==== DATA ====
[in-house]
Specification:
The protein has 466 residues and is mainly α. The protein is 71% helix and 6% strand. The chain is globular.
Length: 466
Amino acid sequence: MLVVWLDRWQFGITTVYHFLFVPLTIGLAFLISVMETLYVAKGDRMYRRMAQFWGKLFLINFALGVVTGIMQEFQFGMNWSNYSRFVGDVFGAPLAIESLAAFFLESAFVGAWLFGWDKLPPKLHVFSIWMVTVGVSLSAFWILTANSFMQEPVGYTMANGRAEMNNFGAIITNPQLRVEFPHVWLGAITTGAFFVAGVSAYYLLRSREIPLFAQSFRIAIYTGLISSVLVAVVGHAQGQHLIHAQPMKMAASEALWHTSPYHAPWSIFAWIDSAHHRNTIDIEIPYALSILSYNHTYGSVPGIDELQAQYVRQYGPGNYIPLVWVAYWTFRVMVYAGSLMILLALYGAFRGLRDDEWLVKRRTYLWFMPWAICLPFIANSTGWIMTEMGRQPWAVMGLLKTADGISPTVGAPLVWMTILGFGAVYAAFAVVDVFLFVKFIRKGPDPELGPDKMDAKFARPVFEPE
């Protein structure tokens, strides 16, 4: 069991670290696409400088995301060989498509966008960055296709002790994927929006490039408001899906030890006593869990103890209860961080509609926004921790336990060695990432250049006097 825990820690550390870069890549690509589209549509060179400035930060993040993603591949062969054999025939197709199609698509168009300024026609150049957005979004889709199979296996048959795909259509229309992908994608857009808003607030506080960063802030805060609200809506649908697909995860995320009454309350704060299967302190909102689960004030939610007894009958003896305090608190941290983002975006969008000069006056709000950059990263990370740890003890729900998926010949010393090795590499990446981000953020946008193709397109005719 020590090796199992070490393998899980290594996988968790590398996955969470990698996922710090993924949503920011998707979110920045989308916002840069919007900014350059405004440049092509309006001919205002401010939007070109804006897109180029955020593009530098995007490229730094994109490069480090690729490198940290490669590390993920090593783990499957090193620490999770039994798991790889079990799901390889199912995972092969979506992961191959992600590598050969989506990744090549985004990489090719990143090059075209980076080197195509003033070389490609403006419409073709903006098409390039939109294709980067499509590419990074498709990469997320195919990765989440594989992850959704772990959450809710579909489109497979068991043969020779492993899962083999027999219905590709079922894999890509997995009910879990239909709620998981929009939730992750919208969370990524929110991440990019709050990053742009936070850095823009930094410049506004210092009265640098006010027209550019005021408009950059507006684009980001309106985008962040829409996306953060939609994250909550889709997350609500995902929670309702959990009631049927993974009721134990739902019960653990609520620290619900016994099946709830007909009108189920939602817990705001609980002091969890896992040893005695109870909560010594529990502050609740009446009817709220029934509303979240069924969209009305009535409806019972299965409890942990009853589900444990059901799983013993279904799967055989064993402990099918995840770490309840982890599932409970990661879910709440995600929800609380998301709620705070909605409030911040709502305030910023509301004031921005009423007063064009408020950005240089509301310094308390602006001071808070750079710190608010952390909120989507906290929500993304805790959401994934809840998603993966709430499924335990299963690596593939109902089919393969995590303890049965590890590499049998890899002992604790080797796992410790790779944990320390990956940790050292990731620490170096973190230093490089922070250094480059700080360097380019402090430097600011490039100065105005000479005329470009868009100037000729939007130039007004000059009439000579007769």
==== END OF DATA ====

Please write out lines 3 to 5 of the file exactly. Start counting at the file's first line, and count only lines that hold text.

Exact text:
The protein has 466 residues and is mainly α. The protein is 71% helix and 6% strand. The chain is globular.
Length: 466
Amino acid sequence: MLVVWLDRWQFGITTVYHFLFVPLTIGLAFLISVMETLYVAKGDRMYRRMAQFWGKLFLINFALGVVTGIMQEFQFGMNWSNYSRFVGDVFGAPLAIESLAAFFLESAFVGAWLFGWDKLPPKLHVFSIWMVTVGVSLSAFWILTANSFMQEPVGYTMANGRAEMNNFGAIITNPQLRVEFPHVWLGAITTGAFFVAGVSAYYLLRSREIPLFAQSFRIAIYTGLISSVLVAVVGHAQGQHLIHAQPMKMAASEALWHTSPYHAPWSIFAWIDSAHHRNTIDIEIPYALSILSYNHTYGSVPGIDELQAQYVRQYGPGNYIPLVWVAYWTFRVMVYAGSLMILLALYGAFRGLRDDEWLVKRRTYLWFMPWAICLPFIANSTGWIMTEMGRQPWAVMGLLKTADGISPTVGAPLVWMTILGFGAVYAAFAVVDVFLFVKFIRKGPDPELGPDKMDAKFARPVFEPE